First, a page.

Hoffman thinks that we have 50-60 years to take action on climate change, before the worst impacts become unavoidable. He doesn’t see that as an excuse to continue delaying, though. If he were elected, he would begin working to address the problem “immediately”.

Asked what, specifically, he would do about climate change, Hoffman reiterated his campaign promise to eliminate coal. He says he will “start creating jobs in clean energy, make it affordable. And as well, just through legislation, making sure that companies need to start changing over, and make sure it’s enforced.”

Hoffman’s energy plan is definitely not all-of-the-above, but it does include all kinds of green energy. “If you just go through one source,” Hoffman said, meaning relying on only solar power, or only wind energy, “it’s not going to work” to create good, long-lasting jobs for everyone.

Hoffman summed up the need to get serious about working to prevent climate change: “There’s a lot of research to prove that environmentalists aren’t lying.”

Do you know what Line 61 is?

Hoffman wasn’t familiar with Wisconsin’s major tar sands pipeline. Quizzed on his knowledge about Enbridge, Hoffman optimistically asked, “Is it a green energy company?”

After learning a little about Enbridge and their pipeline network, Hoffman said, “I do not agree with it. … I don’t believe in this pipeline.”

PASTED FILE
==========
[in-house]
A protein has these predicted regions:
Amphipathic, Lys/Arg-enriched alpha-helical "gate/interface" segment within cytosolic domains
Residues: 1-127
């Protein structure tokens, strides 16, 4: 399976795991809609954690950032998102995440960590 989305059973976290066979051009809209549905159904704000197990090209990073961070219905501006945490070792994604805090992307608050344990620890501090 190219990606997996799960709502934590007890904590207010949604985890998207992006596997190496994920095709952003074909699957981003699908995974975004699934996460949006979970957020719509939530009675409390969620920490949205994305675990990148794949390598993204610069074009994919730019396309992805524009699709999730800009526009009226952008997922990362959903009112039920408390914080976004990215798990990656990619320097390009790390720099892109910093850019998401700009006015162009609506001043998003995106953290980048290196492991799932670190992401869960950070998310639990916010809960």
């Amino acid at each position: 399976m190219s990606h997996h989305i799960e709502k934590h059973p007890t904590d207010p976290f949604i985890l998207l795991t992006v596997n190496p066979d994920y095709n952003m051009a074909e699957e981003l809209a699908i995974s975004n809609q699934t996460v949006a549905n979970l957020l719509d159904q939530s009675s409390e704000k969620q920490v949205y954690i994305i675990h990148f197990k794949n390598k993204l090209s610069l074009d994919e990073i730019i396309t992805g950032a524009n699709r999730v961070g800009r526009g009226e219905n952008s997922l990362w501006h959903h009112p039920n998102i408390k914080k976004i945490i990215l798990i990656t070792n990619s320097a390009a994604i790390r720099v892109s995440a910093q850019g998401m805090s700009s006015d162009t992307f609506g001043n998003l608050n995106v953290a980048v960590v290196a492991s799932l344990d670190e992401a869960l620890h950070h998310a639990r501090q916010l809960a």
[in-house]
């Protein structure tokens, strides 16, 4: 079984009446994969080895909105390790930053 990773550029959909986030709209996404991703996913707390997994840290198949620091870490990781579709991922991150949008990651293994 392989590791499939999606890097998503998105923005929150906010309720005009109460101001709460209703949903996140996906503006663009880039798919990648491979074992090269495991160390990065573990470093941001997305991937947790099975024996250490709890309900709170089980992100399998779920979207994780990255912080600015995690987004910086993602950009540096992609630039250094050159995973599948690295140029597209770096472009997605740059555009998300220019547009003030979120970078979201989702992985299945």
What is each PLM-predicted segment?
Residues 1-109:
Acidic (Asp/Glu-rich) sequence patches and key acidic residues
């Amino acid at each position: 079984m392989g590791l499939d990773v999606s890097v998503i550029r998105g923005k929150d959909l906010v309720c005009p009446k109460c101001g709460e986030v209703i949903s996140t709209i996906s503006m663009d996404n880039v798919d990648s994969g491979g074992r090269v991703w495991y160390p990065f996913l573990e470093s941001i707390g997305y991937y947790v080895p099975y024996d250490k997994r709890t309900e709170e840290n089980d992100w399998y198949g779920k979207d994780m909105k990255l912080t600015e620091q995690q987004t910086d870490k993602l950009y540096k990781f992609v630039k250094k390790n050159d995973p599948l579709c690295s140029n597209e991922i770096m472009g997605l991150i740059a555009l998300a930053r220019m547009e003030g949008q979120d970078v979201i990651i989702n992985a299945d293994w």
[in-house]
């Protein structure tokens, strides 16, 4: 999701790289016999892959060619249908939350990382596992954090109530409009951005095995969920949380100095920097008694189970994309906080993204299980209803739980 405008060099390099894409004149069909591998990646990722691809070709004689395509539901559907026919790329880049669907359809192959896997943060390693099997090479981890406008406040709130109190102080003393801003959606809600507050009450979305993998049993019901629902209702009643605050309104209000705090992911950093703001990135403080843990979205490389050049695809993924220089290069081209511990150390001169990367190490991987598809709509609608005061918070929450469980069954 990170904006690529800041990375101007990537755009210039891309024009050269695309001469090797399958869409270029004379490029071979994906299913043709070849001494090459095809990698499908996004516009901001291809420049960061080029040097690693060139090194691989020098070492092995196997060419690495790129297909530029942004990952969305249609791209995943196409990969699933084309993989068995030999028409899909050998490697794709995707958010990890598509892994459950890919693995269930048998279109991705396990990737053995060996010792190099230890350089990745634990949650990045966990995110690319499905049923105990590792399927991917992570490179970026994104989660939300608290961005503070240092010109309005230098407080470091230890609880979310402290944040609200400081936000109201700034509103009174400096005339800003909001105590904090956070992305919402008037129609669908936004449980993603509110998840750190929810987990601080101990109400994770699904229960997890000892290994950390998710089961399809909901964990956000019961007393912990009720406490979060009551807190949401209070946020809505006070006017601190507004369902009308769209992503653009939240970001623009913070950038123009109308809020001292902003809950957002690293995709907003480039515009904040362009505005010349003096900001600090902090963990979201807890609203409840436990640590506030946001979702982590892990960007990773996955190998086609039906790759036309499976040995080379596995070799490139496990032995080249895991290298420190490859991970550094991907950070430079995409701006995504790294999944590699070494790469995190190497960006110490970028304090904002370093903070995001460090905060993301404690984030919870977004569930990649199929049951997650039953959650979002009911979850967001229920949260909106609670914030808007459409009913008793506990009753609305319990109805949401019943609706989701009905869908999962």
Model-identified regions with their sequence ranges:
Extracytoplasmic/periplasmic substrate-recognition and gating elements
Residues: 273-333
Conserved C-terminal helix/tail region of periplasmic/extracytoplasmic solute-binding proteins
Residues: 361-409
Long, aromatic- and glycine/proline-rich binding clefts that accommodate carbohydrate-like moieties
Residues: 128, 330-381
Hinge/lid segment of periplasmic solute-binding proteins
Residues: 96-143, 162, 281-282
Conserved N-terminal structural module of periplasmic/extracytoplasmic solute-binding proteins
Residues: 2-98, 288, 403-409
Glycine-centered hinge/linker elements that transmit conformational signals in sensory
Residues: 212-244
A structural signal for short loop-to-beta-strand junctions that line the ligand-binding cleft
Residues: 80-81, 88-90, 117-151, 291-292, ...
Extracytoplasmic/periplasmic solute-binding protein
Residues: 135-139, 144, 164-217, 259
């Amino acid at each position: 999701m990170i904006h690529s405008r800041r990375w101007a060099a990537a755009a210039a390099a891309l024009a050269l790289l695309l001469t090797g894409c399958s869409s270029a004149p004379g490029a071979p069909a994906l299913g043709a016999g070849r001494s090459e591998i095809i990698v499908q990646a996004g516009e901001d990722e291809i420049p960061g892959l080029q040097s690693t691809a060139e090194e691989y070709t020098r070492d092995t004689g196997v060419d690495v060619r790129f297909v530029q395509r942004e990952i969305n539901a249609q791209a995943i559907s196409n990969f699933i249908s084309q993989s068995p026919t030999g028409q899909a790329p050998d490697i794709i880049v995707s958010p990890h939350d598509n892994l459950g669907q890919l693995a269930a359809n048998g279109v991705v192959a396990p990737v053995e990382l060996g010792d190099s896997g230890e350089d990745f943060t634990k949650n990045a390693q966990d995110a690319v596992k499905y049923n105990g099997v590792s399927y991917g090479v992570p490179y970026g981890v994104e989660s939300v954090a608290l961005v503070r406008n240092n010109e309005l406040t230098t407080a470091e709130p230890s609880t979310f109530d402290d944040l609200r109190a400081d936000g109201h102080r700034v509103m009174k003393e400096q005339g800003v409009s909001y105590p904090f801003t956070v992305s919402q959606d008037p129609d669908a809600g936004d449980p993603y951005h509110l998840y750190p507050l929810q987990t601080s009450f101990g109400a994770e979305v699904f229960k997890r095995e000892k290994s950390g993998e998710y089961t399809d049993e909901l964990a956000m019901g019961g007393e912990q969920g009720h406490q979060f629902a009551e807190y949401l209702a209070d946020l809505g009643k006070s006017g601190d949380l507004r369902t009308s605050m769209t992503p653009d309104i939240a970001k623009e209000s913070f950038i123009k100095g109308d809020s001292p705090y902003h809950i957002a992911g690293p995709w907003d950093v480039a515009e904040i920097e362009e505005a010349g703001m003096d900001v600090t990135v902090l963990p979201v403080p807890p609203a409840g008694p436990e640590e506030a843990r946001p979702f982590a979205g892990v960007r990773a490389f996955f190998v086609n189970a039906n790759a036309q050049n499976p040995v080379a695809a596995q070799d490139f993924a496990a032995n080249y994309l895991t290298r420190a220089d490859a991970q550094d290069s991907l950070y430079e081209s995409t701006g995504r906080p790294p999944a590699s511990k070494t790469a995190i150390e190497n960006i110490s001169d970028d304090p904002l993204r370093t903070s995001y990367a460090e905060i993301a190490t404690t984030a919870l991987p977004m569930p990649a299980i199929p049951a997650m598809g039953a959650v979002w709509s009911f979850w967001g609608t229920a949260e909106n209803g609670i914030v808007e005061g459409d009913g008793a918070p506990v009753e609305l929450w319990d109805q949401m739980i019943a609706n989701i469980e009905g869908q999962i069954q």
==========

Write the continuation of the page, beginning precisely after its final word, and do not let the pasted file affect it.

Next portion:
“I was actually pretty proud of the people that stood up to it,” Hoffman added, referring to fights against various pipelines and fossil fuel infrastructure across the country. “I’m not a fan of the pipeline. I’m not a fan of oil. … I’ve seen pictures and I’ve seen videos of what they leave behind when they go for oil, and it’s pretty disgusting.”

Anything else?

Our electoral process keeps handing Wisconsinites candidates who can’t beat the current incumbent, Hoffman said. He believes he’s the better choice. “I know for a fact I can beat Walker,” he told us, citing his undergraduate and graduate degrees in psychology as the source of his expertise on his chances of winning.

Hoffman has run for governor of Wisconsin before. At the time of our interview, he did not yet have enough petition signatures to get on the ballot for this election cycle.

Tar Sands Campaign

The Tar Sands Campaign is fighting Enbridge tar sands pipelines in Wisconsin. Our aims are to block expansion of Line 61 and to halt plans for an adjacent Line 66. We support efforts led by those most impacted, including tribes, landowners, and affected community members.

Divestment Campaign

2016 was the hottest year on record. The Divestment Team focuses on convincing institutions that investments in fossil fuel are not only ethically and fiscally irresponsible, but are literally wrecking the planet we call home—all for profit. Banks are our current focus since without their support, dirty pipeline projects can't get funded.

Community Energy Campaign

The Community Energy Team is focused on taking action on and responsibility for our own fossil fuel use. We work to create and change policies that impact our energy use and nurture a culture of reducing energy use and using clean, renewable energy to reduce our carbon footprint.